Protractions

Are there ways to fix a lazy serratus anterior? Yes! First, you can do a few simple exercises at home that can get your serratus anterior into gear.

  1. Do shoulder blade protractions. Lean against a wall and press the backs of your palms and your elbows against it. Then slide your shoulder blades forward (away from each other) – keep them down as well – and hold.  This exercise is a great way to rev up for the added weight your serratus anterior will be dealing with during pushups.
  2. Serratus anterior exercises in pushup position

    Scapular pushups

    Do scapular pushups. Assume a pushup position. Keep your arms straight and carefully slide your shoulder blades inward towards each other, then outwards away from each other. Repeat this action at least ten times. As the website “anabolic minds” explains: “Scapular push ups will isolate the serratus anterior. Make sure that your scapula just protracts, don’t let it ELEVATE.”

  3. Serratus anterior exercises

    Wall exercises for the serratus anterior

    Stand with your back against a wall and inch your arms upward against it in stages, shoulders down. Start with your thumbs touching the wall, and graduate to your elbows pressed as far back as you can manage.

Meanwhile, there are your Bar Method classes: Pushups, plank, rhomboid pulls, arm dancing and oblique punches (a curl exercise) all work your serratus anterior. Dedicate some of your mental focus during class on engaging your serratus properly — that is, keep them down and wide against your ribs — during all these exercises.

See you in pushups.

Burr Pi pushups 2 July 2015 edit 2 small

How The Bar Method Exercises Help Students with Shoulder Conditions

This month I’ve explained how you can safely take the Bar Method when you have issues with your joints in particular areas of your body. I started with foot and ankle issues and worked my way up to knees, hip and back problems. As you may have noticed, each of these body parts has it’s own “best practices” regarding how and how much to exercise if you’re nursing an injury to one of them.

Finally we come to shoulder conditions, which present their own set of issues due to the odd and unique history of this joint.

When our distant ancestors’ front legs evolved into arms, their shoulder joints gave up stability in order to gain more flexibility so that their arms could move in all directions. Today our shoulder is still a ball and socket joint like our hip, but while our hip socket fits snuggly around the ball of our thighbone, our shoulder socket has become so small and shallow, the better to allow our arms to swing freely, that it has become relatively ineffectual as a stabilizing force. To compensate for this lack of stability numerous ligaments and muscles developed around the joint, which now do much of the heavy work of holding it in place. The problem is that if any of these ligaments and muscles get weak, strained, sprained or just tired, the ball and socket can slip out of alignment. A number of very painful conditions can result including these common shoulder disorders as described by The American Academy of Orthopaedic Surgeons:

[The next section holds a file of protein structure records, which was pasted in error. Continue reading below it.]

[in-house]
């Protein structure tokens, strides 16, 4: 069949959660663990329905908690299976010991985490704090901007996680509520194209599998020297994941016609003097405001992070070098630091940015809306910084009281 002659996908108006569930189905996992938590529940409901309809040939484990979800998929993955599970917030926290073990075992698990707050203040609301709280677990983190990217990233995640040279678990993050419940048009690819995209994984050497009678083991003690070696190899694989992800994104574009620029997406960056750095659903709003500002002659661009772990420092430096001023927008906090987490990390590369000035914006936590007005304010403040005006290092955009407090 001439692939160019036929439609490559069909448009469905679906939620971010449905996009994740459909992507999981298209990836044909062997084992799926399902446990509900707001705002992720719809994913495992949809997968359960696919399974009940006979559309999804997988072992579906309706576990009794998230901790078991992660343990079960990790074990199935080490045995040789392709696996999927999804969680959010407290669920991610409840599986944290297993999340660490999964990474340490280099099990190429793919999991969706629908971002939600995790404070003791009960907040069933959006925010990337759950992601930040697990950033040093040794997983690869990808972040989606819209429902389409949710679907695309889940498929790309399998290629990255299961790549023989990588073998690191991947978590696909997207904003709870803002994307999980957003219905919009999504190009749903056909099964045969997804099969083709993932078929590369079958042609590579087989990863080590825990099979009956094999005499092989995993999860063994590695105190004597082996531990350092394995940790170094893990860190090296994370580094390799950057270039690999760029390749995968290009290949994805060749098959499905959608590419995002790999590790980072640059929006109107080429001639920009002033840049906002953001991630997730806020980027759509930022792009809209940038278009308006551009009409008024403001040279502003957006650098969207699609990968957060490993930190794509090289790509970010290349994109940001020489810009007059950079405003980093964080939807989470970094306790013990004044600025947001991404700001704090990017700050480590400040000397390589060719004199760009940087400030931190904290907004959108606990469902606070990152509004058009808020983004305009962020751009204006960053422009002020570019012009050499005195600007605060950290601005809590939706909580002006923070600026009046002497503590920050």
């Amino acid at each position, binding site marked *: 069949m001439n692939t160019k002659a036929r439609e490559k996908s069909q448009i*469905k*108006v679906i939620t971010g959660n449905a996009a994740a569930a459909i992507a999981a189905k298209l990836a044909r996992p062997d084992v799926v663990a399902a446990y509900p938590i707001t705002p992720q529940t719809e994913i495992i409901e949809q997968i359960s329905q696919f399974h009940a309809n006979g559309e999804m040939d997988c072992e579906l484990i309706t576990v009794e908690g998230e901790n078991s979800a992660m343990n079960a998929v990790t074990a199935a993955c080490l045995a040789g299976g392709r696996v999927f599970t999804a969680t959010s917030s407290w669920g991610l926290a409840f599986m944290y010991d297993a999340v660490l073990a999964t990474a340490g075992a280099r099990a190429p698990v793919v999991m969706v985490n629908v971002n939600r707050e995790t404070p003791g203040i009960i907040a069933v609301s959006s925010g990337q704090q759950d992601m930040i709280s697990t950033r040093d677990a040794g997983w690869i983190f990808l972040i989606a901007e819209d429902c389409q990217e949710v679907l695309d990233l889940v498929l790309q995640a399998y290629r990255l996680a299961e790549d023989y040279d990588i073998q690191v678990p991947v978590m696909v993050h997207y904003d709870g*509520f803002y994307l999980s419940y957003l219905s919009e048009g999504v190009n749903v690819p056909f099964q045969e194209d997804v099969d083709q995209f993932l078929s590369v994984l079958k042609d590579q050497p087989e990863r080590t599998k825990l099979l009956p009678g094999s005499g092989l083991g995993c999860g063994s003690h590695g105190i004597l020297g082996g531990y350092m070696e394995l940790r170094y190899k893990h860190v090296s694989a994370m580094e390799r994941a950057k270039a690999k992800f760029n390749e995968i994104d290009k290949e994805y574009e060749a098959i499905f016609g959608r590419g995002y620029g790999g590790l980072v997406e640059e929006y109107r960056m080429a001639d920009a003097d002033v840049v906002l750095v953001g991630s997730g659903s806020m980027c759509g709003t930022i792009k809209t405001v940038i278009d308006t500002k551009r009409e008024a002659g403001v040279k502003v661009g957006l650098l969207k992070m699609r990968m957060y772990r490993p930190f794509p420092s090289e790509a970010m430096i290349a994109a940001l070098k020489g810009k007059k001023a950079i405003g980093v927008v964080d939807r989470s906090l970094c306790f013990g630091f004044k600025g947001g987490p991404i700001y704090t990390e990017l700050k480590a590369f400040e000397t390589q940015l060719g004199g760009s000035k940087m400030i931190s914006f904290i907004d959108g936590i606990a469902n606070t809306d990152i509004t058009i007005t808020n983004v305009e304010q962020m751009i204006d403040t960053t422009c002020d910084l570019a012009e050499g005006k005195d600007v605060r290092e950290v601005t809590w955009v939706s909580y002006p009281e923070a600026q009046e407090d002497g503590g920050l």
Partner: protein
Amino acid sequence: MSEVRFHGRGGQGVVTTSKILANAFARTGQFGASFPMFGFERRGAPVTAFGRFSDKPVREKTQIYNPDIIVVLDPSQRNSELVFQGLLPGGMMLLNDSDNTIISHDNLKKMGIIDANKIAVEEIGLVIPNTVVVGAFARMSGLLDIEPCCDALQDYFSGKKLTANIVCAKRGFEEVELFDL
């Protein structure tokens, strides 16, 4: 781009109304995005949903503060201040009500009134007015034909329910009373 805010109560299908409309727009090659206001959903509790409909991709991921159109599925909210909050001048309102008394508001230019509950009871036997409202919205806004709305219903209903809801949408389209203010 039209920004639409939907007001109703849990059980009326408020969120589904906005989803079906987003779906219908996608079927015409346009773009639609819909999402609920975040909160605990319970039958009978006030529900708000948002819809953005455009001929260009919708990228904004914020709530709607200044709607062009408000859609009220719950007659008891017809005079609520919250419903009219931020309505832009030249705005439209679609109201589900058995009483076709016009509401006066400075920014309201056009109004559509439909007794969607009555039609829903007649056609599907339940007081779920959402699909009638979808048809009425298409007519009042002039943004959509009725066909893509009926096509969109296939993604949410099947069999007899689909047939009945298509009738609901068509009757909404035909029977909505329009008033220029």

• Instability: Sometimes, one of the shoulder joints moves or is forced out of its normal position. This condition is called instability, and can result in a dislocation of one of the joints in the shoulder. Individuals suffering from an instability problem will experience pain when raising their arm. They also may feel as if their shoulder is slipping out of place.
  • Impingement: Impingement is caused by excessive rubbing of the shoulder muscles against the top part of the shoulder blade, called the acromion. Medical care should be sought immediately for inflammation in the shoulder because it could eventually lead to a more serious injury.
  • Rotator Cuff Injuries: The rotator cuff is comprised of a group of muscles and tendons that hold the bones of the shoulder joint together. The rotator cuff muscles provide individuals with the ability to lift their arm and reach overhead. When the rotator cuff is injured, people sometimes do not recover the full shoulder function needed to properly participate in an athletic activity.

describe the imageFortunately physical therapy is highly effective at treating mis-aligned shoulders for the same reason that they are so often tweaked, namely that joint can be coaxed back into its correct position almost as easily as it can snap out of it. Here, for example, is a PT routine from a highly regarded book on sports therapy called “Peak Condition” by Dr. James Garrick. (Consult your doctor before you try doing these moves.) You can see that Garrick’s exercises involve simple repetitive motions that act to nudge the bones back into proper alignment.